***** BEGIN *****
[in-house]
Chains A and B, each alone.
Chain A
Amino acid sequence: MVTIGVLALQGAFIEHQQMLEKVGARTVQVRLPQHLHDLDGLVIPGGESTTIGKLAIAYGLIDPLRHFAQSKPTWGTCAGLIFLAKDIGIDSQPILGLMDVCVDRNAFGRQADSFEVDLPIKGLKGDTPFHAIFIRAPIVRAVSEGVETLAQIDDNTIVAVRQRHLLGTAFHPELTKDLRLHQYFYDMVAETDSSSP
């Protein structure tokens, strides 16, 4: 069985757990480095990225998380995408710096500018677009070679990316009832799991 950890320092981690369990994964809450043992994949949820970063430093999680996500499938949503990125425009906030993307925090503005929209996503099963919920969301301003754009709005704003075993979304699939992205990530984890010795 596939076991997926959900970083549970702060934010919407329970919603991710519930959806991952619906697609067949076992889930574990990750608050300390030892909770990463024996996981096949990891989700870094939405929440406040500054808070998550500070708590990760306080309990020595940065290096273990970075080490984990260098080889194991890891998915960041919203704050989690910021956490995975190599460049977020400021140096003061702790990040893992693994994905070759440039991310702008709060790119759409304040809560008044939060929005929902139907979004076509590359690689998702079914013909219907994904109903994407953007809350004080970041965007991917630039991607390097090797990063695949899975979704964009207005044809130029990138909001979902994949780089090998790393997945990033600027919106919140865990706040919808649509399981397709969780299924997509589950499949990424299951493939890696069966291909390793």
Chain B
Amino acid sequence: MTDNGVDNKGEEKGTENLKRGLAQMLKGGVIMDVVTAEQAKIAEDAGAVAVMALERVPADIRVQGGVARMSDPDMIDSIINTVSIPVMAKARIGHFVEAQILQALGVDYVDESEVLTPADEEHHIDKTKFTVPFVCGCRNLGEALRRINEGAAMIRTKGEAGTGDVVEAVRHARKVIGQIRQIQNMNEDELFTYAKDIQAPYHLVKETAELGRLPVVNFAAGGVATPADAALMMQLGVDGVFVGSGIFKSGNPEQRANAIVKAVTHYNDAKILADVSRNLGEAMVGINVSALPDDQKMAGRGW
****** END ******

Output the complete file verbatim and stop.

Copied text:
[in-house]
Chains A and B, each alone.
Chain A
Amino acid sequence: MVTIGVLALQGAFIEHQQMLEKVGARTVQVRLPQHLHDLDGLVIPGGESTTIGKLAIAYGLIDPLRHFAQSKPTWGTCAGLIFLAKDIGIDSQPILGLMDVCVDRNAFGRQADSFEVDLPIKGLKGDTPFHAIFIRAPIVRAVSEGVETLAQIDDNTIVAVRQRHLLGTAFHPELTKDLRLHQYFYDMVAETDSSSP
């Protein structure tokens, strides 16, 4: 069985757990480095990225998380995408710096500018677009070679990316009832799991 950890320092981690369990994964809450043992994949949820970063430093999680996500499938949503990125425009906030993307925090503005929209996503099963919920969301301003754009709005704003075993979304699939992205990530984890010795 596939076991997926959900970083549970702060934010919407329970919603991710519930959806991952619906697609067949076992889930574990990750608050300390030892909770990463024996996981096949990891989700870094939405929440406040500054808070998550500070708590990760306080309990020595940065290096273990970075080490984990260098080889194991890891998915960041919203704050989690910021956490995975190599460049977020400021140096003061702790990040893992693994994905070759440039991310702008709060790119759409304040809560008044939060929005929902139907979004076509590359690689998702079914013909219907994904109903994407953007809350004080970041965007991917630039991607390097090797990063695949899975979704964009207005044809130029990138909001979902994949780089090998790393997945990033600027919106919140865990706040919808649509399981397709969780299924997509589950499949990424299951493939890696069966291909390793």
Chain B
Amino acid sequence: MTDNGVDNKGEEKGTENLKRGLAQMLKGGVIMDVVTAEQAKIAEDAGAVAVMALERVPADIRVQGGVARMSDPDMIDSIINTVSIPVMAKARIGHFVEAQILQALGVDYVDESEVLTPADEEHHIDKTKFTVPFVCGCRNLGEALRRINEGAAMIRTKGEAGTGDVVEAVRHARKVIGQIRQIQNMNEDELFTYAKDIQAPYHLVKETAELGRLPVVNFAAGGVATPADAALMMQLGVDGVFVGSGIFKSGNPEQRANAIVKAVTHYNDAKILADVSRNLGEAMVGINVSALPDDQKMAGRGW